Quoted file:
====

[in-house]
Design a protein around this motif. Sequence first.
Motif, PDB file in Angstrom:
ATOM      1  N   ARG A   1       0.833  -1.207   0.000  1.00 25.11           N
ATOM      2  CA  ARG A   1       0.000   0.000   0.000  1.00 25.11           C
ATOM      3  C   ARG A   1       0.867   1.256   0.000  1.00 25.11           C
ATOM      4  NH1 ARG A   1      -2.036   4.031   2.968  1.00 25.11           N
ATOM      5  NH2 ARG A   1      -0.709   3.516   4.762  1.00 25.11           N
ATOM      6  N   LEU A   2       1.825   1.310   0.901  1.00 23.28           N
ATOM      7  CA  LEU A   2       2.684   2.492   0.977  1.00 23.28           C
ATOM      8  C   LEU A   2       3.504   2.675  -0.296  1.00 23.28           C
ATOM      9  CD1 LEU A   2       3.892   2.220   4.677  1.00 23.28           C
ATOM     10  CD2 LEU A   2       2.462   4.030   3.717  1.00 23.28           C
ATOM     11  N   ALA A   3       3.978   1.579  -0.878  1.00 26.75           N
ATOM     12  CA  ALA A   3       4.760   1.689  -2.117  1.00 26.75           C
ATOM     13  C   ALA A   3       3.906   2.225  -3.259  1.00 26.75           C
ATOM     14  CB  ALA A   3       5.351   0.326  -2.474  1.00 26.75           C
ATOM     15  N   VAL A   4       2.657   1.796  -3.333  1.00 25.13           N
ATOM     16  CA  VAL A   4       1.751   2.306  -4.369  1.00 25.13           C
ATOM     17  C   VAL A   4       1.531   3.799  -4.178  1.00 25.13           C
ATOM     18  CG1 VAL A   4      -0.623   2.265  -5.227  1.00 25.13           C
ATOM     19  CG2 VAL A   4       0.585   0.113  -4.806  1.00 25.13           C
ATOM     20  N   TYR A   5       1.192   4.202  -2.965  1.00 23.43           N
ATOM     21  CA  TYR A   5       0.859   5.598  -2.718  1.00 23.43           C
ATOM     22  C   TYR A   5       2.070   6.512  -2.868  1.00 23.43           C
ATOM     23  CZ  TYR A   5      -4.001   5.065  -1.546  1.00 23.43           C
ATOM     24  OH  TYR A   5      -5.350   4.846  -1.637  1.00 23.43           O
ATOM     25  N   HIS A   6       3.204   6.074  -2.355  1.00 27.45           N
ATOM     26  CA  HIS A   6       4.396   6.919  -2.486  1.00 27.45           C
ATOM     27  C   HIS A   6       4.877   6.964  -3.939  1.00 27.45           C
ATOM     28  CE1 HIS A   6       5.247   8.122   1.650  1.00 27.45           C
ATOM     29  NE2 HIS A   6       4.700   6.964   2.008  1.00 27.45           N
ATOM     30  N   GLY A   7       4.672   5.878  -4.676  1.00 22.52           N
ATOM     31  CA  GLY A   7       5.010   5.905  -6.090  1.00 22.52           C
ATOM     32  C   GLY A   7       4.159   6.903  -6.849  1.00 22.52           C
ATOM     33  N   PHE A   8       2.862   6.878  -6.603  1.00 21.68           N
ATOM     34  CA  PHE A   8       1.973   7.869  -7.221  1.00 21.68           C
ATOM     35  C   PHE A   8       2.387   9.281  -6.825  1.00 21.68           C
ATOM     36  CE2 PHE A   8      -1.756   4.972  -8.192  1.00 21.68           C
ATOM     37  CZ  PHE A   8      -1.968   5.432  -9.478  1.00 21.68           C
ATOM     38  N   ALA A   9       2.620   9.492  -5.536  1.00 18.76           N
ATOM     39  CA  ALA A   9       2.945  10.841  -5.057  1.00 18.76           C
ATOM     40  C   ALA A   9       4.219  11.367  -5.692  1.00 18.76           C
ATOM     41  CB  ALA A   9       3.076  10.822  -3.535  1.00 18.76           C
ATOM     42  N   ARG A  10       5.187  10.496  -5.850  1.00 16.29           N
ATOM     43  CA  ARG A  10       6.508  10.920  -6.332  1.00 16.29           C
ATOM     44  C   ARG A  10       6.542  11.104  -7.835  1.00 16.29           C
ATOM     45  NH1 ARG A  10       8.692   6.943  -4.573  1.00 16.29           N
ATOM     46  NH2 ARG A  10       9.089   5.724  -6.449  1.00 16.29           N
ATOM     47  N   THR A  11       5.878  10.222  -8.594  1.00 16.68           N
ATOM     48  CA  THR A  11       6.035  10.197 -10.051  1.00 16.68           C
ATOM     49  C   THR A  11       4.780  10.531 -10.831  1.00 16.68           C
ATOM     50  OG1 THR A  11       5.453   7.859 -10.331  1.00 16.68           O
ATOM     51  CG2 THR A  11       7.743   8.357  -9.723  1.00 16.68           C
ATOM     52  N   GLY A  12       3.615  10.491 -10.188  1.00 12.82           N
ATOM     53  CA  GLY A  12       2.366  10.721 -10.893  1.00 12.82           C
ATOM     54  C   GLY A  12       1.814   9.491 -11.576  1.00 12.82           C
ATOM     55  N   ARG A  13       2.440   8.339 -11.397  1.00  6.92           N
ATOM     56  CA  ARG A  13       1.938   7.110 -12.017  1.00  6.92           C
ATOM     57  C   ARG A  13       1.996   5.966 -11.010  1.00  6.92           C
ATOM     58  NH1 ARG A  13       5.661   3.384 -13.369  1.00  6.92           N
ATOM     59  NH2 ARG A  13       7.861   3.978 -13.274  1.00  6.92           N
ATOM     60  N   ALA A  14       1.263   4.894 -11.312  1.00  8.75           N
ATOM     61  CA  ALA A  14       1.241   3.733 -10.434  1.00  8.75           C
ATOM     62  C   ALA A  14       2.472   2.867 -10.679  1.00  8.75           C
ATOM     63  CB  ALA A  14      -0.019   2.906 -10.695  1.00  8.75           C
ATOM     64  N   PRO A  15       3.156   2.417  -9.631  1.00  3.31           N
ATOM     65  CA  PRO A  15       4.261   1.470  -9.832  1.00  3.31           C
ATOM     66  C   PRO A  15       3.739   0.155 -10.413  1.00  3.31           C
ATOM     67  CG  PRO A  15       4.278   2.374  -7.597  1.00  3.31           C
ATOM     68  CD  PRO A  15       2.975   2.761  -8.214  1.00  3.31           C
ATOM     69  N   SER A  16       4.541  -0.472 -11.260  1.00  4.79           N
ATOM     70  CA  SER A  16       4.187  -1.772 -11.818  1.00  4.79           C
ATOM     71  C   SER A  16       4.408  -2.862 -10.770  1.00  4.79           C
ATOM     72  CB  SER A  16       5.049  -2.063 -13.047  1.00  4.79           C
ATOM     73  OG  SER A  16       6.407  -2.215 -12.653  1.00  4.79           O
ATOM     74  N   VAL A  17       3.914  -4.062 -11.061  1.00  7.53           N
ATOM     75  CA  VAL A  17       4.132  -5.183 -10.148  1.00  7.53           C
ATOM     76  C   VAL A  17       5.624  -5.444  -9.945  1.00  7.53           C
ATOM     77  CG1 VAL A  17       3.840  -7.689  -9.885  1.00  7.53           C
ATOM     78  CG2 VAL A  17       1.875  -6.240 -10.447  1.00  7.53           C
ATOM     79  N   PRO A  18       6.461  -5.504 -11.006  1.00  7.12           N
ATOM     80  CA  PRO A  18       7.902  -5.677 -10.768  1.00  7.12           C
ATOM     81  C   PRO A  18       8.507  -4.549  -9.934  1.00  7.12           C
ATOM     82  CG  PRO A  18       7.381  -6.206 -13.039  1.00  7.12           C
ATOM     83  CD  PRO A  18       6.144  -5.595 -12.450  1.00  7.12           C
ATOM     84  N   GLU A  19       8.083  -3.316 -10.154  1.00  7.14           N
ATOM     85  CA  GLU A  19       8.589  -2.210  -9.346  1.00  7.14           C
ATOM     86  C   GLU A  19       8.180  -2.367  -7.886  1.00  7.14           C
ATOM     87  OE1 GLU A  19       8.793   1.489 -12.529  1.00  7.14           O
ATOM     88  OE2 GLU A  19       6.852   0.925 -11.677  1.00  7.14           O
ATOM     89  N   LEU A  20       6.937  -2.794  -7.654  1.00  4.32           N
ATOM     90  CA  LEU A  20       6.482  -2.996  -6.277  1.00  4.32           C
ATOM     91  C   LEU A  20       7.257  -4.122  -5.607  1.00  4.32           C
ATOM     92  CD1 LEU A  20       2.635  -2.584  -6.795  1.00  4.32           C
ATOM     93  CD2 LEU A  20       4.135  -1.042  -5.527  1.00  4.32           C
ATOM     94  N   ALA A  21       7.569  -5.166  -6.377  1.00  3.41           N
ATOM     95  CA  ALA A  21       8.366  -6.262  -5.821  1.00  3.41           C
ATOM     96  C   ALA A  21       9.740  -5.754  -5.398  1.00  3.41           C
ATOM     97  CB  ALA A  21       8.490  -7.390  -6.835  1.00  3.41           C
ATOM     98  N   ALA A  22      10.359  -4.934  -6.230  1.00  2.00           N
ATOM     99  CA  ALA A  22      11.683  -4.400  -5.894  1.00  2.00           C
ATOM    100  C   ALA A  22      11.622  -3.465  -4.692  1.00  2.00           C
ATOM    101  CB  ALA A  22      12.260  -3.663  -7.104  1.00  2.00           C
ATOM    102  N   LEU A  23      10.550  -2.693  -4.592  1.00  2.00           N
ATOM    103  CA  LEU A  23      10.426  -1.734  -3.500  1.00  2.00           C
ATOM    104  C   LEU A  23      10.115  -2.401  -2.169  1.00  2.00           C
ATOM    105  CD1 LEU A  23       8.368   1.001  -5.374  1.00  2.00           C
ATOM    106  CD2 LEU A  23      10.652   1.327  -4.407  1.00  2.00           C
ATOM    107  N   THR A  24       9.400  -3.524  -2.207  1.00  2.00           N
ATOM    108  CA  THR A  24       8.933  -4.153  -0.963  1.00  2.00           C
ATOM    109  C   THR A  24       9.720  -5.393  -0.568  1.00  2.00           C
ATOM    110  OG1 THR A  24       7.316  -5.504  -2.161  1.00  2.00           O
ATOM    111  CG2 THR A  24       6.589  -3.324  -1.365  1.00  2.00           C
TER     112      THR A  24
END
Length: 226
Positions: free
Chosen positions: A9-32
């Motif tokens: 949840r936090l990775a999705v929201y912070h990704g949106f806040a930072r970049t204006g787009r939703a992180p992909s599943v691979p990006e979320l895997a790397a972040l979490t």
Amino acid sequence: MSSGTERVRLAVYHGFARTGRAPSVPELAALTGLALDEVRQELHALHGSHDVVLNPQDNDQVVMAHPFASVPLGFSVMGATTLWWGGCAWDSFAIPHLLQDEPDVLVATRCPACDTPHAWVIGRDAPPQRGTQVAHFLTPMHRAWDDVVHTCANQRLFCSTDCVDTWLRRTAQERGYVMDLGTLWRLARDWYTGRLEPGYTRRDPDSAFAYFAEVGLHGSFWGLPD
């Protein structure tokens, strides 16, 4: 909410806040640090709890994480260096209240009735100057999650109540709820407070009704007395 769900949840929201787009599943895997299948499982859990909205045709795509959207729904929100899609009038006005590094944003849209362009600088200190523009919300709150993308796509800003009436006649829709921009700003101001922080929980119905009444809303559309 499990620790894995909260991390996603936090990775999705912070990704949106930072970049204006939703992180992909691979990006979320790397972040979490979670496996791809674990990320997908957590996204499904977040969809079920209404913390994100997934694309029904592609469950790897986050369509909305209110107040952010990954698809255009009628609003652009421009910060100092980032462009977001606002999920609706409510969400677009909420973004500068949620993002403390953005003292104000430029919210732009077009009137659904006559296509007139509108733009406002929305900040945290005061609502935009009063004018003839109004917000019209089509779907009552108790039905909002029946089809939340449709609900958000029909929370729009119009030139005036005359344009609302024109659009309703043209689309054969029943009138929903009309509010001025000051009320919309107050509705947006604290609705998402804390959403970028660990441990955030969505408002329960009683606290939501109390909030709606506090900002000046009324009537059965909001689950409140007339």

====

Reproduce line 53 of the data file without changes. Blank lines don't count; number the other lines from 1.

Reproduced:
ATOM     50  OG1 THR A  11       5.453   7.859 -10.331  1.00 16.68           O